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This chapter outlines the overview of the study. It starts with the background and followed by the statement of the problem, which addresses the need to conduct the study. Next, the purpose, rationale, the theoretical model, the nature, the significance, the assumptions as well as the limitations, and the conceptual and operational definitions are discussed. The final part of this chapter outlines the organization of the whole thesis.
BACKGROUND OF THE STUDY
Terrorism and the rise of radical Islamism is a global problem. "Most Muslims are not fundamentalists, and most fundamentalists are not terrorists, but most present-terrorists are Muslims and proudly identify themselves as such." (Lewis, 2003: 137). Islamic terrorism (also known as Islamist terrorism or Jihadist terrorism) is religious terrorism by those whose motivations are rooted in their interpretations of Islam (Benkin, 2005). The pervasive influence of the de-Islamization process and the emerging of the 'extreme Islamist or radical Islam' have seriously challenged Muslim individuals and communities around the world. Among these challenges are the deviant behaviors among the youth especially their misperception of Islamic teaching.
The authentic meaning of Islamic teachings have been abused and misused in many ways. One of the most well-known is the misconceptions of jihad. Literally, jihad means to strive, to exert oneself, or to struggle for the sake of Allah (Peters, 2008). However, jihad in the broad sense of exertion does not necessarily refer to war or fighting, since action in Allah's path may be attained by nonviolent as well as violent means (Majid, 2008). According to Yusuf Ibish, the greater jihad is an internal struggle against one's desires, while the lesser jihad is an external struggle such as fighting when Muslims are attacked (Noorani, 2002). However, it seems that jihad is well known as fighting and it has been portrayed as such by the Western media where the holy war is a primary source of world terrorism (Jamilah, 1990).
In Thailand, Islamic schools and teachers were claimed as the sources of misinterpreted Islamic teachings which caused the unrest situation in southern Thailand since 2004. The study of Kittiwibul (2006) claimed that the cause of the current violence in southern Thailand as perceived by the 'highly educated locals' was due to the improper modeling of the religious teachers and the observed violence by the Muslim youths of the Islamic extremists activities. If this claim is true, this issue should be reflected among Thai Muslim communities especially on how to educate the Muslim youths with authentic Islamic teaching.
This study attempts to study the performances of Muslim teachers in the public primary schools, where the secularized education model is implemented, in infusing the simple Islamic teachings to their students in the classrooms and what the potential factors contributing to their performance are. This is an initial step in studying the possible roles of public education in solving the current problems in southern Thailand.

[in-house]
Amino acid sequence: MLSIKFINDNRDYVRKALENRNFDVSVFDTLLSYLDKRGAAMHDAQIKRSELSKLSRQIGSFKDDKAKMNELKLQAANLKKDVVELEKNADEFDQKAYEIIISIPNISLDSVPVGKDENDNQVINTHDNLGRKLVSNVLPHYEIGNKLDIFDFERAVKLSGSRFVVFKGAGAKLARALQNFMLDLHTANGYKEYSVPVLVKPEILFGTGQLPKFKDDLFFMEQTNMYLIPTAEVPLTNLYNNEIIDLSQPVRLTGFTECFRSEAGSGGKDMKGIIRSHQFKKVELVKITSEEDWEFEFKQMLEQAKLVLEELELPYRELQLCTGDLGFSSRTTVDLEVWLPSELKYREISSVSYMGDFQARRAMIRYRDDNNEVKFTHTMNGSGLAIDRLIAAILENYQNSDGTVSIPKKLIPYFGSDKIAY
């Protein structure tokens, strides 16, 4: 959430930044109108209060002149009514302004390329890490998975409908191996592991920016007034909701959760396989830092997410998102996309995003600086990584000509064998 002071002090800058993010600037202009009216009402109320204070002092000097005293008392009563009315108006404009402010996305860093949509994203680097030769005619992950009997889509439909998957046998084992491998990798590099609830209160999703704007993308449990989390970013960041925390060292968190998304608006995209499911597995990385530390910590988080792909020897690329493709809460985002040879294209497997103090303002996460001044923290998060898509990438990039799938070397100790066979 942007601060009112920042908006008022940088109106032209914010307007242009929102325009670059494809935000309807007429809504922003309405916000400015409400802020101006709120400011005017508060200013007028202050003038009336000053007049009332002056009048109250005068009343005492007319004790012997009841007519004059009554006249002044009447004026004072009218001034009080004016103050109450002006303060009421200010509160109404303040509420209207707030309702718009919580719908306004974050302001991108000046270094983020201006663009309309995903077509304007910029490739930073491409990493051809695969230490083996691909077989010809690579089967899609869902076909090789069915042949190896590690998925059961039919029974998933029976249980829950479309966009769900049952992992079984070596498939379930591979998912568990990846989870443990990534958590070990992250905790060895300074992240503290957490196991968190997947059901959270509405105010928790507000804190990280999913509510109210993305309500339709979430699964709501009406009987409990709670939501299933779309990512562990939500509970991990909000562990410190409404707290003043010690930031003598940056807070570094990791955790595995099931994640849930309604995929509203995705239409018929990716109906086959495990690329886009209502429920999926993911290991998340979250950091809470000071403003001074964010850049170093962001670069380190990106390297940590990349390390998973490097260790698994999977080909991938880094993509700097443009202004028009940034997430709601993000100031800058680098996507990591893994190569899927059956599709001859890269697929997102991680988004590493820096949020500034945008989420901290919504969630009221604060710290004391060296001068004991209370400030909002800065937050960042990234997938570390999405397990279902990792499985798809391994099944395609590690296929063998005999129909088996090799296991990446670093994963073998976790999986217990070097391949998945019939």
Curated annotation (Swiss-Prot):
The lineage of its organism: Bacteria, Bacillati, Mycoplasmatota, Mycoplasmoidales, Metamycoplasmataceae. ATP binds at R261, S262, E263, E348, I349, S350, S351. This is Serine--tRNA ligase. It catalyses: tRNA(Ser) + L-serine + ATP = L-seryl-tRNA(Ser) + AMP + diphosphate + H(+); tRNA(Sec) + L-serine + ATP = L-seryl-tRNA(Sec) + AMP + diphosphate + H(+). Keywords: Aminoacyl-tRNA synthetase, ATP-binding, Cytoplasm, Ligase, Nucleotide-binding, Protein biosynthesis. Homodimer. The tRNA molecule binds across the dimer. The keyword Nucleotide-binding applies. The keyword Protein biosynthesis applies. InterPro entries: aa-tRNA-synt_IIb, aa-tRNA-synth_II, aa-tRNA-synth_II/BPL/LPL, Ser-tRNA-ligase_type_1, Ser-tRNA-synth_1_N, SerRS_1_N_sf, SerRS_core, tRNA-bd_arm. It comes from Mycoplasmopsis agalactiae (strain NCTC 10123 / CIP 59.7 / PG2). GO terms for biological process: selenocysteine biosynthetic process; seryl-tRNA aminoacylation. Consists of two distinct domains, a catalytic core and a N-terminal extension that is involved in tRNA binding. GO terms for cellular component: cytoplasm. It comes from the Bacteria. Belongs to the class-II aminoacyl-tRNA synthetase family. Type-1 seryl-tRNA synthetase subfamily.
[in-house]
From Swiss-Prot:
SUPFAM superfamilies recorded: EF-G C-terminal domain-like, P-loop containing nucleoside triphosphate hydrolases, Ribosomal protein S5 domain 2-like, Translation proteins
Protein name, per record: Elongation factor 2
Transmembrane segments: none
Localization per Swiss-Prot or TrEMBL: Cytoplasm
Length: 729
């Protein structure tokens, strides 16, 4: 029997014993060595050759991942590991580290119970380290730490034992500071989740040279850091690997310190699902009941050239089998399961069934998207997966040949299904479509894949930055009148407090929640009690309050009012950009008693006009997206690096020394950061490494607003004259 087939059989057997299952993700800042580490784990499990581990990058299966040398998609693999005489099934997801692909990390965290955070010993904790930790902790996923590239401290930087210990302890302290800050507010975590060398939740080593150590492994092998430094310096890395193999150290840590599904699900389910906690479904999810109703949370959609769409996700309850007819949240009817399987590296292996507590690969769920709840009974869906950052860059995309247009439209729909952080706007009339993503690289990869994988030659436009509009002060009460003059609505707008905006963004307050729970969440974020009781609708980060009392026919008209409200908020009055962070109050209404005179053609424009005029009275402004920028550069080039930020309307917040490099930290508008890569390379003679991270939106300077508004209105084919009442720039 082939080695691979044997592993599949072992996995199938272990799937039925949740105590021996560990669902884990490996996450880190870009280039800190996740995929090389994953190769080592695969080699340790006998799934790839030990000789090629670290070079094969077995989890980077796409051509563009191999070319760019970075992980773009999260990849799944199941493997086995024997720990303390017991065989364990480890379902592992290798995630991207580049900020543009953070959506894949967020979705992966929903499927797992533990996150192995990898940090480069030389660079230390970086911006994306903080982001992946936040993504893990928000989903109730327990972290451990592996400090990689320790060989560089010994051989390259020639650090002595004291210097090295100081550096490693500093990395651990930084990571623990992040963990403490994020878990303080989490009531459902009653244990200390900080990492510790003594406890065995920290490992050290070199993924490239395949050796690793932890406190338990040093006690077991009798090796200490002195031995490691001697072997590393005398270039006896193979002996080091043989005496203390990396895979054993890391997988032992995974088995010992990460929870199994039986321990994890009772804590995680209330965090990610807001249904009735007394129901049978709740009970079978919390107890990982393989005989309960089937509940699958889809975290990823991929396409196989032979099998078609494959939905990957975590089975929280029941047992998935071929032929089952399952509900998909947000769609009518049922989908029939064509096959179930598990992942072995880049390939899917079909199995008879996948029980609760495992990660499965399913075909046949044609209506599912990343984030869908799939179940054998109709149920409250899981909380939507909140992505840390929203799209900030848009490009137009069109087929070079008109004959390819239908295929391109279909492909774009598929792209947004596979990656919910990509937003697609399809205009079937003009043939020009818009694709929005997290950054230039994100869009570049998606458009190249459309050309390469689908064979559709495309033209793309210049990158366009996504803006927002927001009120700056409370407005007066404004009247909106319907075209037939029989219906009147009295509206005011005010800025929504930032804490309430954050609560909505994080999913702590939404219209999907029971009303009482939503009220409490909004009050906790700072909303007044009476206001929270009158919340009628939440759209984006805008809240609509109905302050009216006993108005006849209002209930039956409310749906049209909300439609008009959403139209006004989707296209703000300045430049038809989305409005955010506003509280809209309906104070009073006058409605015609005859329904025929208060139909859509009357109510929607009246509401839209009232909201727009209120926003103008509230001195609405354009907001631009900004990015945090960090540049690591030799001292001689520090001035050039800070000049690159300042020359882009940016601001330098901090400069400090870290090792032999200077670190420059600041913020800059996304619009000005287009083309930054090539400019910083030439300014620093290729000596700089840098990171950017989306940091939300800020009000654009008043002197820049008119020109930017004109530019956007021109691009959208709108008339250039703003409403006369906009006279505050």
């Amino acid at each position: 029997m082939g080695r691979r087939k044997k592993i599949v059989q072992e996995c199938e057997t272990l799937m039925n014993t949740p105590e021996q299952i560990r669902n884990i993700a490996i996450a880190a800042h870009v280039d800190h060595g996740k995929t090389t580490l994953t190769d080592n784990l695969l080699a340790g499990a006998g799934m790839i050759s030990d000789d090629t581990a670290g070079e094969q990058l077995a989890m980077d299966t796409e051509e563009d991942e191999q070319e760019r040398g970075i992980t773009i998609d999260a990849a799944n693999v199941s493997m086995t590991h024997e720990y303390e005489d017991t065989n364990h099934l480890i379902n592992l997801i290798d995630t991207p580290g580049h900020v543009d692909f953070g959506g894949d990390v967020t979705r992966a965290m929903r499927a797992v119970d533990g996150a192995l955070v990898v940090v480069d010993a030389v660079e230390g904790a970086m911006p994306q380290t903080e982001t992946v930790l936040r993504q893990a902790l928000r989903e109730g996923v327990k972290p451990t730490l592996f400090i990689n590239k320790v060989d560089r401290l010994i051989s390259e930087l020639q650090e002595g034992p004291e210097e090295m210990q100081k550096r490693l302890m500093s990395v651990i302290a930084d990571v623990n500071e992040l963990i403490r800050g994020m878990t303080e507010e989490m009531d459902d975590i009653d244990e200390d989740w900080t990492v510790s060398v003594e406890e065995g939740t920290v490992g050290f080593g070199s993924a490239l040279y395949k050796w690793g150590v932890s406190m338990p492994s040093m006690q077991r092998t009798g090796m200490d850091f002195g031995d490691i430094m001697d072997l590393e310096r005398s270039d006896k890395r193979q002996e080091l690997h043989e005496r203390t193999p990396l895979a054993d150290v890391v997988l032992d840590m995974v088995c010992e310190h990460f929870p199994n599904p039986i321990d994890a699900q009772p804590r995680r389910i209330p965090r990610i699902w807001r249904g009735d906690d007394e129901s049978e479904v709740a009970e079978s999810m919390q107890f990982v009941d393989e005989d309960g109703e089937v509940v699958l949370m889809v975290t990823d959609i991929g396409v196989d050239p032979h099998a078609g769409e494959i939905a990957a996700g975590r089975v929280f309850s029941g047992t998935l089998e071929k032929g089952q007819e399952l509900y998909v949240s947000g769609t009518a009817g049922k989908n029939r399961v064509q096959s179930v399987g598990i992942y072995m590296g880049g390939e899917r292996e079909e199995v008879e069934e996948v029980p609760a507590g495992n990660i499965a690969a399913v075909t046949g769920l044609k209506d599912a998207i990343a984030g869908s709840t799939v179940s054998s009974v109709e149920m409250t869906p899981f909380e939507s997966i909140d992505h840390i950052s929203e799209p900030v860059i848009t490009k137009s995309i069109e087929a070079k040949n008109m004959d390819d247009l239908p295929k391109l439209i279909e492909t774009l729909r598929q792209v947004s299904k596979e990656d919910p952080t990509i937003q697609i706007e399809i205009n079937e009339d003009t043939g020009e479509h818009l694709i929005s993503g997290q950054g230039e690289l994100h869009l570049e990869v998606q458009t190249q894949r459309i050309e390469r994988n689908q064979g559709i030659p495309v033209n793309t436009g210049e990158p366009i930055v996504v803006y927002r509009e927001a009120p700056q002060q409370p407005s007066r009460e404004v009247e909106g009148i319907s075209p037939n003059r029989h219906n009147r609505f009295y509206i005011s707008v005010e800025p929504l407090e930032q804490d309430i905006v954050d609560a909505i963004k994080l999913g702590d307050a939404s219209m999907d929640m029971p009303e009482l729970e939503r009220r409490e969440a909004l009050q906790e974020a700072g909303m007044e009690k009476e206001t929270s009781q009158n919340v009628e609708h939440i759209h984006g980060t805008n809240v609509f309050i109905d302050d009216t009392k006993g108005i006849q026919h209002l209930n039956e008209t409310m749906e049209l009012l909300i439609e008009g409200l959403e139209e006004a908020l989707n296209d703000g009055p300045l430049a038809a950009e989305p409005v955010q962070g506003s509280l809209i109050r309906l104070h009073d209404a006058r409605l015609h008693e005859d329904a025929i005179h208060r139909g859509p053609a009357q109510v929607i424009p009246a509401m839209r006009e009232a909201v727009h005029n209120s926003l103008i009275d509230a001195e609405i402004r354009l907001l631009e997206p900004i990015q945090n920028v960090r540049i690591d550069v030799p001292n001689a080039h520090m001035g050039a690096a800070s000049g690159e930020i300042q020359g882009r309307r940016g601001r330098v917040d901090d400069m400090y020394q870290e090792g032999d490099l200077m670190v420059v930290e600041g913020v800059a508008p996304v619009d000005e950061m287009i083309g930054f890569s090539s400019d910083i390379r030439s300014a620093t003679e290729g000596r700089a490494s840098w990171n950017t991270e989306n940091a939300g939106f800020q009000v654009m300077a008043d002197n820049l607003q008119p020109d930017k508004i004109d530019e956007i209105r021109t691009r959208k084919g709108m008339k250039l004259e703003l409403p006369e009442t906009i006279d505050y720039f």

STATEMENT OF THE PROBLEMS
Deviant behavior among Muslim youths is a very reputed problem in Muslim society. In a study conducted by Jittiyaphan (2007), deviant behaviors were found to be common among Muslim youths in the Yala province of Thailand. In Malaysia, this problem is also very eminent. The study of Hasan and Che Noraini (2005) revealed that Muslim parents in Malaysia are aware and worried about the social ills in the society especially among their children. That is why the People's Religious Schools (SAR) in Malaysia is continually increasing in number because parents are concerned about their children's Islamic knowledge which the national school curriculum cannot adequately address. Thus, the importance of educating our children with proper Islamic values and ethical behaviors has become a necessity.
Muslim scholars considered moral characters as a central element in the identity of the individuals that ensure continuity and consistency in behavior (Ssekamanya Siraje, 2007). This is demonstrated in a study conducted by Hazizan, Mohamad Aslam, Selamah, and Ruzita (2003) on religiosity and social problems among secondary school teenagers in Malaysia. The results of their study showed that the more religious the person is, the less he or she becomes involved in social problems. It is therefore essential that Muslim parents must insure that their children's learning is under the tutelage of teachers who are morally and ethically grounded (Shaikh Abdul Mabud, 2000). Additionally, Islamic teachers have a crucial role in promoting to their Muslim learners the proper understanding of Islamic ethics and morality. In doing so, we need to remind ourselves that our children will only become morally-upright individuals if their hearts and minds are enlightened and if they have opportunities where they can actually observe and apply the Islamic values.